Back in Bridgeport, there’s not a lot to see, but the beautiful courthouse, which serves Mono County, is the state’s second oldest courthouse and has been in continuous use since 1880. Around the backside of the courthouse is the old Mono County Jail. It was opened in 1883 and served Mono County until 1964. It had six cells, two washrooms, an office and a dining area. It’s very small and only takes a few minutes to explore, but it’s free, so it was worth a quick look.

 

Bridgeport is an interesting area that is definitely worth a stop for a few days, or a even a few weeks, though we offer these tips:

  • Visit in June or late September, as it was still pretty hot during the second week of September while we were there.
  • Fill your gas tank beforehand. Gas was $5/gallon when we were there and there was nowhere within reasonable driving distance where it was cheaper.
  • Hit the grocery store before heading to Bridgeport. There is a little market in town, but it’s really the only store in town and is more like a grocery/hardware/pharmacy type of store. Slim pickings, for sure. We drove down to Lee Vining where the market is also small, but much better stocked, with better choices and some actual produce.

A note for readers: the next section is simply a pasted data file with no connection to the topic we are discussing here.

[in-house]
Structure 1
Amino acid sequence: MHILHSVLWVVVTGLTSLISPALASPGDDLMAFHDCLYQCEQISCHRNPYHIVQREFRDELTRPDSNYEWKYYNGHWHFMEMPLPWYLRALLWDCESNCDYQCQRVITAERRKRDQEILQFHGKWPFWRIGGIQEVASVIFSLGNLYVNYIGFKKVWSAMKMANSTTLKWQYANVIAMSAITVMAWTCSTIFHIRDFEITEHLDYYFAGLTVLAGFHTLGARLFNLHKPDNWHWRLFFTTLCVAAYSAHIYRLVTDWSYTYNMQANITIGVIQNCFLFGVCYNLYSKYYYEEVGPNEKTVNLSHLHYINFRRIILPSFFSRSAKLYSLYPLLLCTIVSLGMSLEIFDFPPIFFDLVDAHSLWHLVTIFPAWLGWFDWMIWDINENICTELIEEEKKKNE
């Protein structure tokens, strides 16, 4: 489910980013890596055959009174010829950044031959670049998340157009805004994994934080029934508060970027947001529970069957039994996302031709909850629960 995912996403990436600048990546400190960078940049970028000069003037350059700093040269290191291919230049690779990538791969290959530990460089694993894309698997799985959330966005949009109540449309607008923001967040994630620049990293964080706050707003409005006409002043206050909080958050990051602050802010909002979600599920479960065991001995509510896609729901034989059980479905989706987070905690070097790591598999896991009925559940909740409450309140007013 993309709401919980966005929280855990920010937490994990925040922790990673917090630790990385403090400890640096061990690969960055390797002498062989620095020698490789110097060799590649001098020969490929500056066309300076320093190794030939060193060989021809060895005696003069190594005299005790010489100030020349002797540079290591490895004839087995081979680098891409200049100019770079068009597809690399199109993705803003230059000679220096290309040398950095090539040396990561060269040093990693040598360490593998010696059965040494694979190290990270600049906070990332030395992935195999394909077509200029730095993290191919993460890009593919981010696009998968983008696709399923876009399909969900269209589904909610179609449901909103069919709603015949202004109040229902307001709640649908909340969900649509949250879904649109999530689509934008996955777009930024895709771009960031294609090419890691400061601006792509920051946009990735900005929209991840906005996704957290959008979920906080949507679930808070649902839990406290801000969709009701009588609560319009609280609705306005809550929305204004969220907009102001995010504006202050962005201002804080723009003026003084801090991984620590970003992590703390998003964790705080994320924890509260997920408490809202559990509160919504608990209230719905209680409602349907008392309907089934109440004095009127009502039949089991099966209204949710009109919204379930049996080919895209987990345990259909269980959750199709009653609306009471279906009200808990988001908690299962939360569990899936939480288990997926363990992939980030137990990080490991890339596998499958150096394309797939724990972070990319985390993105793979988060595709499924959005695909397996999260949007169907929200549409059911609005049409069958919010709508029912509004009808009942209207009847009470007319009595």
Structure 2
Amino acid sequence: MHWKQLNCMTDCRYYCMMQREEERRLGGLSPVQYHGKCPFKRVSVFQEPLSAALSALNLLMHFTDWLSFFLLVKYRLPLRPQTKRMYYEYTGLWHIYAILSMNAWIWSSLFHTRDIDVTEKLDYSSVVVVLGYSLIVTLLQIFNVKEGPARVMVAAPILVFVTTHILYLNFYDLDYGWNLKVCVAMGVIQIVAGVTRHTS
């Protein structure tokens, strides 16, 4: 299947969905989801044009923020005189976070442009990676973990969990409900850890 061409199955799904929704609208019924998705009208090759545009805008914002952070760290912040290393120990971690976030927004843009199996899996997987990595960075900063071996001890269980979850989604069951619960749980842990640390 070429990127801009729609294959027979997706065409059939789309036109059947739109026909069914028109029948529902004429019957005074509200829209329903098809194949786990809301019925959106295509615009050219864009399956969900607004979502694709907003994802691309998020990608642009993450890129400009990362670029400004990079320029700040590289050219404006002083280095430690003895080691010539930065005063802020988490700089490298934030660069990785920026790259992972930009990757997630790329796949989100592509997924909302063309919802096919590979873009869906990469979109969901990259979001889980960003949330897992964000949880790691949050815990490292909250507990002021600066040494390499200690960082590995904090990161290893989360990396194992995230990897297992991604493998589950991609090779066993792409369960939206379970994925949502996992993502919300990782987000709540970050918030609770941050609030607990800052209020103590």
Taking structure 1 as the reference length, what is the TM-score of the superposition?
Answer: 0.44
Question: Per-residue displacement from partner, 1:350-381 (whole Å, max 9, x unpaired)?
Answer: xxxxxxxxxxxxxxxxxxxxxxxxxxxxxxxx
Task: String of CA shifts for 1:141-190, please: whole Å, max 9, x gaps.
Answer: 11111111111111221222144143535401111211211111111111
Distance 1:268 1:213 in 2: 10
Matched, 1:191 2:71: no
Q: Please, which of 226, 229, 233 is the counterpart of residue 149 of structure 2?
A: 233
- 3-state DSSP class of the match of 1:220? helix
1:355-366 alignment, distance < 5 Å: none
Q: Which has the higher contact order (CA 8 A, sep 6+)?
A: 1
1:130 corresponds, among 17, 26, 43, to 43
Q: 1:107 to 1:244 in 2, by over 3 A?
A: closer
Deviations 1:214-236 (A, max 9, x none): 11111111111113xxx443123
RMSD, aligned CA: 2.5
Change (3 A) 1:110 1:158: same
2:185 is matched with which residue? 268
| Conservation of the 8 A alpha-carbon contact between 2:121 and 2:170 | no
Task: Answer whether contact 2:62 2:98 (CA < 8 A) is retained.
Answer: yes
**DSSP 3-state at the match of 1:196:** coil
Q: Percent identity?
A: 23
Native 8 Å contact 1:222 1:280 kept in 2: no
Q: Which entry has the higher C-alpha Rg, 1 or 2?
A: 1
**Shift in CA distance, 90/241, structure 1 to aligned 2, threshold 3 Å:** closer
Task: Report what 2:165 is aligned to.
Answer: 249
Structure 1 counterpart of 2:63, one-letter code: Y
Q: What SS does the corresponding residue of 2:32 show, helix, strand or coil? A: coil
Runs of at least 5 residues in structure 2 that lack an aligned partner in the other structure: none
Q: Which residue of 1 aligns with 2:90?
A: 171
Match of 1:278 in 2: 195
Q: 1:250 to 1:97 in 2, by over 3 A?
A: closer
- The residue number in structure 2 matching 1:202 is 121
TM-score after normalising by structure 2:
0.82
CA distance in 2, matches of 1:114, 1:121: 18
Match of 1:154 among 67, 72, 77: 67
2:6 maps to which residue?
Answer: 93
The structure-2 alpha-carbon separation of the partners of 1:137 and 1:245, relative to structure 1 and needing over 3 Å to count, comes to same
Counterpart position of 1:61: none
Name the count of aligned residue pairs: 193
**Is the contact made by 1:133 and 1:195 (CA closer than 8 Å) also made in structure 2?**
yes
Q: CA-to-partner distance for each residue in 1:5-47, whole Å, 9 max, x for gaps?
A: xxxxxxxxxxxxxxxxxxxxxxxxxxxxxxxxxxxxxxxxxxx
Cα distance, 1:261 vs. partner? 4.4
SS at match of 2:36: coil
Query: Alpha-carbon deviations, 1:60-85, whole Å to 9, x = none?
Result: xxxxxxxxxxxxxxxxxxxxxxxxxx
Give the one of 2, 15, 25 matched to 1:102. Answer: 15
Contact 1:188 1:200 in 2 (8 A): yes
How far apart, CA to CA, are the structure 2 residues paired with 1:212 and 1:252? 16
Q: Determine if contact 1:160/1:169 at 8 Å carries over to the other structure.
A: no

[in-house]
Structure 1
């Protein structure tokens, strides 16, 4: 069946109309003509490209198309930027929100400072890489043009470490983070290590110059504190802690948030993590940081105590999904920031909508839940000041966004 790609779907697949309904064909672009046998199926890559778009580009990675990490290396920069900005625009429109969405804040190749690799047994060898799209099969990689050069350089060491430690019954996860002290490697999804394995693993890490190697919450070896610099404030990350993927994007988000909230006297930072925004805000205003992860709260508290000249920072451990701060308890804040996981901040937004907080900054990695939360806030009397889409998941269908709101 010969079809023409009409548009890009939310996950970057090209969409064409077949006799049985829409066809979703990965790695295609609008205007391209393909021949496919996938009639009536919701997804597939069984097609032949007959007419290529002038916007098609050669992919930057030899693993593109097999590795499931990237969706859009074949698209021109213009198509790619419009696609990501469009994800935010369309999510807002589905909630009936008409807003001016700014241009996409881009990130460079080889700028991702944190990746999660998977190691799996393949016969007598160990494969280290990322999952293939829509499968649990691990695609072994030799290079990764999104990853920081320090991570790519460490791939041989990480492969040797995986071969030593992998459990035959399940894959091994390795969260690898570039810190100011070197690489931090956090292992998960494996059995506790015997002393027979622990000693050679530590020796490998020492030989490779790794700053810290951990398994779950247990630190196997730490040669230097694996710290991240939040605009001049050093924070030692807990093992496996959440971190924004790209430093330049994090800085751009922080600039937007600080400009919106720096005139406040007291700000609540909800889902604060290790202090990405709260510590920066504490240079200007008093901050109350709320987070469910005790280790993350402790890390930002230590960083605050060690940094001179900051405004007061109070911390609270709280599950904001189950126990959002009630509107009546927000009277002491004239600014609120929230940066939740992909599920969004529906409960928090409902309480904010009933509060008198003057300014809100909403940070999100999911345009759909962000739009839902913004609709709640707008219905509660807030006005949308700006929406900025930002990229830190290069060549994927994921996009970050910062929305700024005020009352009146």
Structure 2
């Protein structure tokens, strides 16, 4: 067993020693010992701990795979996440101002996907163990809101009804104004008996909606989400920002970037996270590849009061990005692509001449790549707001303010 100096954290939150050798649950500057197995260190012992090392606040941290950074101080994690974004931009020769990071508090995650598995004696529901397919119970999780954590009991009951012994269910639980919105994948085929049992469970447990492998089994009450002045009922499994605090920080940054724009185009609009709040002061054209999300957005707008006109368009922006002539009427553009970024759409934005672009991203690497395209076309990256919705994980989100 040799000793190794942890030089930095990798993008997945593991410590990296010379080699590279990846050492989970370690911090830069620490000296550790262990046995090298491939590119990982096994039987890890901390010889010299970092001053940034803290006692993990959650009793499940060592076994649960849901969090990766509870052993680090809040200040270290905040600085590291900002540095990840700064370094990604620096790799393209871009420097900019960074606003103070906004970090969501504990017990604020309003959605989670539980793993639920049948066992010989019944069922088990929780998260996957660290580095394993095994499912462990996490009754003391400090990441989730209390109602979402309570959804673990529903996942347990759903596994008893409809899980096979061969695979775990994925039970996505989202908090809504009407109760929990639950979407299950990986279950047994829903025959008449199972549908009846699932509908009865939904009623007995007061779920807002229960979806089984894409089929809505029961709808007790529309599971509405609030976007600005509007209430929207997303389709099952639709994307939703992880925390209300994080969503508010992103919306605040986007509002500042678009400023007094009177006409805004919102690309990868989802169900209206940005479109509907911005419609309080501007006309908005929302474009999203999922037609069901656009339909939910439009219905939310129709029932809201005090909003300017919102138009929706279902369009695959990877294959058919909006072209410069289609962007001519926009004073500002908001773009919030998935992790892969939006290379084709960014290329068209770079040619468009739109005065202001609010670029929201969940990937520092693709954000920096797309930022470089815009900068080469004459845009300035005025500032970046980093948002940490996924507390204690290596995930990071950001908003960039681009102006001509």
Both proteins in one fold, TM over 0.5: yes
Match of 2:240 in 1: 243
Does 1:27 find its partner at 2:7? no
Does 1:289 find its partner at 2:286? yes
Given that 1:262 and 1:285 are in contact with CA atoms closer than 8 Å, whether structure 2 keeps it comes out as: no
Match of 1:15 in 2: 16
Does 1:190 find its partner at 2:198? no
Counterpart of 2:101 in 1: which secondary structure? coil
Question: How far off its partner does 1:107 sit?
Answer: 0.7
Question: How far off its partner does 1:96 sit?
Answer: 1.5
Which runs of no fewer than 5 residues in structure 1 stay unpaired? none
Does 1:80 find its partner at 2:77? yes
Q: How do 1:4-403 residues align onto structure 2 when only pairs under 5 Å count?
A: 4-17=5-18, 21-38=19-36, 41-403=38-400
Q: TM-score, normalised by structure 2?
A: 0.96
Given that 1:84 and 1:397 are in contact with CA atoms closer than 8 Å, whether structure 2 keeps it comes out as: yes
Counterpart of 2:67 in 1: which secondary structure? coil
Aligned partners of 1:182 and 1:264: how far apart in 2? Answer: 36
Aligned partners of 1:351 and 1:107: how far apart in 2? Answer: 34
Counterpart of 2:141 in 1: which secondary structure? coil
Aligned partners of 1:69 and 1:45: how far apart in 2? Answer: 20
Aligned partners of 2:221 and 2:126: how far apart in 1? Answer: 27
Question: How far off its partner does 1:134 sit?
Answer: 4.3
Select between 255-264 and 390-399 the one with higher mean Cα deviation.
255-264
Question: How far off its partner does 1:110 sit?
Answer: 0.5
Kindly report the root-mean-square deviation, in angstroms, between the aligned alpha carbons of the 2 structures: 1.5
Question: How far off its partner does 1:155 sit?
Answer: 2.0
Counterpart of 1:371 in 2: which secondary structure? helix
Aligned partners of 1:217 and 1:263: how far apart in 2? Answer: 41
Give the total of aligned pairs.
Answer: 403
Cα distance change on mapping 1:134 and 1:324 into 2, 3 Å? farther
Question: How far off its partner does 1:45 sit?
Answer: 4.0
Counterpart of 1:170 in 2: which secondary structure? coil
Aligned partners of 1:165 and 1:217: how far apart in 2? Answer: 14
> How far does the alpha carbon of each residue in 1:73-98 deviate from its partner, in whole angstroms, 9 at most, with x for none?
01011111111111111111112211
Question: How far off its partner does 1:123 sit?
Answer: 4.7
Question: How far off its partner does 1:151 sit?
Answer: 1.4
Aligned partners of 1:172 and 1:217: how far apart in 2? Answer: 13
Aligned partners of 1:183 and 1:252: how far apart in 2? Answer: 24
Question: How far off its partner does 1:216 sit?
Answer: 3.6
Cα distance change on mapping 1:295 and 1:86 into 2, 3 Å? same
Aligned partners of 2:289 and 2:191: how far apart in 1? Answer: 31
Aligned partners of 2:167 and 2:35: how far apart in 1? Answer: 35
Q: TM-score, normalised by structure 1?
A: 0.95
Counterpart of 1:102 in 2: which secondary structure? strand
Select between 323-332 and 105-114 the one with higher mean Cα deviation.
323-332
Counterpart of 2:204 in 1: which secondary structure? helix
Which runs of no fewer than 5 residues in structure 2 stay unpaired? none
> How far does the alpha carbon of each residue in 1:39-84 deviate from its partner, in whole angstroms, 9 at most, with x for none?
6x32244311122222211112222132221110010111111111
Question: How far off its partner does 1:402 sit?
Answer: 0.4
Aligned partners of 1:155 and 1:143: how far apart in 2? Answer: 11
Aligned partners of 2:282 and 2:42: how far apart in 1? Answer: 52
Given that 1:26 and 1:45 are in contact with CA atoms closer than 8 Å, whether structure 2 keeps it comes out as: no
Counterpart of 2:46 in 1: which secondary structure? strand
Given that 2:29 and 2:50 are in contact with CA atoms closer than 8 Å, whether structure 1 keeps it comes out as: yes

• Bring bug spray. I don’t know if it was the time of year or the fact that where we stayed was right on the reservoir, but the bugs — mosquitoes, flies, moths, and anything else that flies — were out in full force.

 

Zephyr Cove Resort – Lake Tahoe, NV

We loved Zephyr Cove! This is such a beautiful campground and we are already looking forward to the day we can return. It’s also a very expensive campground, the most expensive to date for us, but we treated our five nights there as a mini vacay and that helped us justify the price ($75/night). We were in site 134, which is a nice, long pull-thru. We were so glad we got a pull-thru due to the roads being narrow throughout the campground and the smattering of trees everywhere, which made getting into sites very difficult, especially for larger rigs. Our site was considered a ‘standard’ site, though I’m not sure what the difference is from the ‘premium’ sites, most of which are back-ins. We watched many Class A motorhomes and fifth wheels struggle with both getting in to and out of their sites, so even though the website says they can handle 40+ feet, I’d say this is not a big rig friendly campground.

We pulled into Zephyr Cove on Labor Day, so it was very busy, but really cleared out the next day. The week was peaceful, with the campground filling up again on Friday night — Zephyr Cove definitely seems like a summer weekend destination.